This article is part of our special report Mobile World Congress 2016.
The European Commission will unveil its strategy to develop the next generation of mobile broadband network (5G) on Monday (22 February), EURACTIV has learned.
In the coming months, the European Commission, tech firms, and various industries will demonstrate European progress on developing 5G.
A Commission official told EURACTIV that the intention is to come up with fresh ideas by July, in order to showcase the first results by 2018.
Key objectives of the 5G public private partnership (PPP), launched last year, are outlined in a Commission white paper on ‘5G: empowering vertical industries’, that will be unveiled during the Mobile World Congress in Barcelona on 22-25 February.
The paper outlines “innovative” digital approaches in several industrial sectors in Europe, ranging from manufacturing, the automotive sector, health, energy, the media and entertainment.
It lists the most important performance targets 5G needs to achieve for supporting services in these five sectors. Those include a speed of data transmission below five milliseconds (latency), reliability and density (up to 100 devices per square meter) along with tight constraints on territory and population coverage.
The Commission’s intention is not only to demonstrate the progress made by 2018, but also to come up with a credible plan to deploy the technology.
Commission officials say the EU wants to avoid the kind of mistakes made during the adoption of 4G. Though the previous generation of mobile broadband was mostly developed in Europe, companies and consumers did not immediately benefit from the new technology.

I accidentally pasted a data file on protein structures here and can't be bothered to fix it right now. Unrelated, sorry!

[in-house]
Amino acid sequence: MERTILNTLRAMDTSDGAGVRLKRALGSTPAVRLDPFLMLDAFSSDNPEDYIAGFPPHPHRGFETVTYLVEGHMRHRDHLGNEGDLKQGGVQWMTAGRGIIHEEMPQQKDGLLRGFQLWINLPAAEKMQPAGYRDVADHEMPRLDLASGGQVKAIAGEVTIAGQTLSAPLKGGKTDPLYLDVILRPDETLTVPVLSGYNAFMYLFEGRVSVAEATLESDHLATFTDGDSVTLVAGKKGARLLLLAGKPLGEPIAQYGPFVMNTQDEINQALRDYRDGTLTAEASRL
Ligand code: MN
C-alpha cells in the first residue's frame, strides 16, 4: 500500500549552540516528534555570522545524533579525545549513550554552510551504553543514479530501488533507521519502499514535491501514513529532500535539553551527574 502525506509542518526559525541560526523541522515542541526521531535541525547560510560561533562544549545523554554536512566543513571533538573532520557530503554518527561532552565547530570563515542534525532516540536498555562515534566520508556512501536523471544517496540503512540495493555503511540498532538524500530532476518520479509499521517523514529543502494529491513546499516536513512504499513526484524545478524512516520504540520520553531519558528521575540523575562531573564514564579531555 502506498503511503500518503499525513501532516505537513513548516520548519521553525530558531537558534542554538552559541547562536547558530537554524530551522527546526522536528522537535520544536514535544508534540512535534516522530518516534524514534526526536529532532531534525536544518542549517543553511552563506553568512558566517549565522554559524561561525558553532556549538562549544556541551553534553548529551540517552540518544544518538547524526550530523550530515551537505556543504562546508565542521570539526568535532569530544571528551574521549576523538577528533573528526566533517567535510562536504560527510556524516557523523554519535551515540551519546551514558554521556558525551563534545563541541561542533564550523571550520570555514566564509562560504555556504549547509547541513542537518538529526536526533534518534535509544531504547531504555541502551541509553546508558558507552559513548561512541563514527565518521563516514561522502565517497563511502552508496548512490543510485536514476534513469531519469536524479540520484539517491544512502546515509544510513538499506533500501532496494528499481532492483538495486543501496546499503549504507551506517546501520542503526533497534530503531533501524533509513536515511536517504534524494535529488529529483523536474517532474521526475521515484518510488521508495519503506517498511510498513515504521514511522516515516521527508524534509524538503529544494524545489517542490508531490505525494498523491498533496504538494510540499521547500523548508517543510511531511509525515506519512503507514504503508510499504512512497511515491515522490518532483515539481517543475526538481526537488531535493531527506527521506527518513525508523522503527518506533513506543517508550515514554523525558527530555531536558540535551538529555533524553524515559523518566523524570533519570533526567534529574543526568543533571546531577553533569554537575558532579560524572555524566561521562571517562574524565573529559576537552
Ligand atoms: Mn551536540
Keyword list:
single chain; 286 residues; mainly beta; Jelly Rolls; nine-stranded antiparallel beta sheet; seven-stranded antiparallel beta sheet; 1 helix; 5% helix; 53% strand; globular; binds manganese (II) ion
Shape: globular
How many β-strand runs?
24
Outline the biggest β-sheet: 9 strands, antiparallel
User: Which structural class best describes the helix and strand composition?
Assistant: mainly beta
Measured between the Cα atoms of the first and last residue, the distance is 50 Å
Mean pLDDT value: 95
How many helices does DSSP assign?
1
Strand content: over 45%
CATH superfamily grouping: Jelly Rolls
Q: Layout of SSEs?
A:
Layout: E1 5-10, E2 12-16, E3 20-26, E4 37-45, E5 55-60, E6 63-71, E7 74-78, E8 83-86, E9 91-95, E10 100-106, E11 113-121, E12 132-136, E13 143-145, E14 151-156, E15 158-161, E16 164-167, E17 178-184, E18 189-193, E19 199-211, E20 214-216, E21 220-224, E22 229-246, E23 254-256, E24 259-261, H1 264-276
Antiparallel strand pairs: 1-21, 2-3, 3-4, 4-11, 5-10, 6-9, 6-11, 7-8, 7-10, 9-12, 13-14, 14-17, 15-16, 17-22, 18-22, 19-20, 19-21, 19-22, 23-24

A 5G standardisation framework will be defined this year. The process will be driven by the needs of industry, in order to ensure a successful deployment, the official said. “We hope that the European technology will be the chosen one during the implementation phase,” he added.
“Europe had a success story with 3G,” said Spanish MEP Pilar del Castillo. Now Europe wants to tap its traditional industry dominance to lead in what is seen as the main technological revolution of recent decades.
One goal, two visions
The disruptions brought by 5G extend well beyond the realm of communications. By allowing to connect multiple devices and sensors, the technology is also expected to transform our homes, our cities and industries.
But in contrast with other regions, where development is very much consumer-oriented, European efforts are focused on supporting one of the attributes of 5G: machines talking to machines.
By 2018, Europeans are expected to showcase their first achievements in the so-called Internet of Things, bringing about what some have branded the fourth industrial revolution, the Commission official said.
The automotive sector is seen as a “prime candidate” for pioneering the technology, due to the fast advances made in driverless cars.
China and Europe share an interest in the industrial applications of 5G, including in manufacturing, connected cars, robotics and precision farming.
Meanwhile, Japan and South Korea are prioritising video and gaming.
South Korea wants to present its first results during the 2018 winter Olympics. According to media reports, South Korea’s KT will offer 360-degree virtual reality viewing of the games.
Before reaching the demonstration phase, tech companies and researchers still need to overcome important technical hurdles to use the full potential of 5G.
One of the most challenging obstacles is to reach a latency target of 1 millisecond. “This is extremely difficult, it is practically the speed of light,” experts said.
The 5G standardisation framework will be defined by 2016. The process will be driven by the needs of the industry to ensure a successful deployment, the Commission expert said.
“We hope that the European technology will be the chosen one during the implementation phase,” he added.